Murphy's Law: Stop Supporting Open-Source Bloat

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Dexter243

Nutcracklng snack

hum thats funny i did not get a bunch of crapwear  when i fired up my mac

now my windows pc/laptop was full of crap and i spent hr's removing the junk 

but i am all happy now that i have my mac and pc talking nicley on the network 

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lhatten

I read every one of these comments.  Almost none of them addressed the subject matter.  The one that did was an idiot!  There seems to be some kind of religious thing about mentioning Open Source here in connection with adds.   In subsequent posts (along with the editors comment) there are at least 3 listed.  Do you mean to tell me that all of you who gave David grief about his use of Open Source without an example did not know about these programs, really, PDF creator, Foxit reader, etc?  The title may have been better if it mentioned Freeware as well as Open Source, but it is not egregious enough to warrant this amount of crap.  If you have to comment on some slight slip like this, do it like the polite grammar police do, mention the problem and move on.  Comment on the gist of the article.  My comment is that targeted advertising ala Amazon etc. is tolerable as long as the add does not suddenly expand and cover the screen so that I can no longer use the page.

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lien_meat

I've known more freeware apps than opensource apps that do this...many more, and yet the title only says opensource, and the article primarilly talks about freeware (yeah, so there was an edit...proves my point....).  Bad title...good article.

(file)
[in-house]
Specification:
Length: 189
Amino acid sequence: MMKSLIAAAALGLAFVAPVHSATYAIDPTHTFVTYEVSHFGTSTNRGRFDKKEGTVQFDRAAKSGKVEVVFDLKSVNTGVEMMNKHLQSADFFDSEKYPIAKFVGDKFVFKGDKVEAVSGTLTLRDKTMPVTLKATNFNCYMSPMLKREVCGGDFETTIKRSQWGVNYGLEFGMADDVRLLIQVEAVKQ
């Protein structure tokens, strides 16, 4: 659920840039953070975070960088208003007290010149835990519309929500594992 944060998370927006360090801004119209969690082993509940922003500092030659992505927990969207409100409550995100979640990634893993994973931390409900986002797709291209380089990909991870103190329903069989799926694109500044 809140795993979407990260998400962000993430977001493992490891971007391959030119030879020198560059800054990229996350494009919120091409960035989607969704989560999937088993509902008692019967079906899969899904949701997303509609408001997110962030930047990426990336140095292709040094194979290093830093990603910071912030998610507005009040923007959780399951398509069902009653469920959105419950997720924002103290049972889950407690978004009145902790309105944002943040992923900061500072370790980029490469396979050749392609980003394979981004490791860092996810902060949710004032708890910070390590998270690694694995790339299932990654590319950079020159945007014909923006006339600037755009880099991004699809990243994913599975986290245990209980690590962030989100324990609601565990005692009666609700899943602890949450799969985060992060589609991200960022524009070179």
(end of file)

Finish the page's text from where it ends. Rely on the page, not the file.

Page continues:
I generally feel murphy doesn't take the time to get his view across
correctly/accurately with what he means to say, as evidenced by how
hard he gets flamed by the comments, and how he nearly always has to
make edits to keep people from railing on him.  Just take your time man...your life would be a lot easier.

The article is valid and true.  Free and opensource apps do bundle to much crapware...but then so do OEMs when you buy your computer.  I notice this every time I run windows and install stuff.

If you REALLY want to escape this crapware hell, use something other than windows (I'm not sure if OS X suffers the same crapware fate...), or help develop a more attractive/less irritating method of making money off of free software.  Ubuntu(and other linuxes) doesn't generally suffer this problem at all.  The repository gennerally prevents this sort of crapware behavior...which is nice.

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TheMurph

Here's the deal:  I reply in the comments because I care, and because that it encourages discussion--even when a reader and I might disagree.  If you'd prefer, I can simply never hop on the comment threads at all.  However, I think it's nice to know that your thoughts and ideas are being read and respected by someone who works for the very magazine / Web site you read.  You sure don't see that on a number of other sites...

As for "editing" the article, I only appended in the extra link example so people wouldn't have to scroll down to see it.  That's not that a big deal.  Nor do I "always edit articles" or get flamed in the comments "hard."  Let's not generalize, eh?

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lien_meat

I wasn't trying to be offensive or mean or anything.
I like that you comment as well.  You are right, not many places do that.
I was just noticing there there seemed to be some confusion on how people were taking the article, and I felt the title was the issue.
And as for getting flamed in the comments hard, I was a bit out of line. Sorry. However it does seem to me that you do tend to have more confusion surrounding your articles than most that I read on Maxpc.  I was only trying to provide constructive criticsm..but you are right, I took it too far.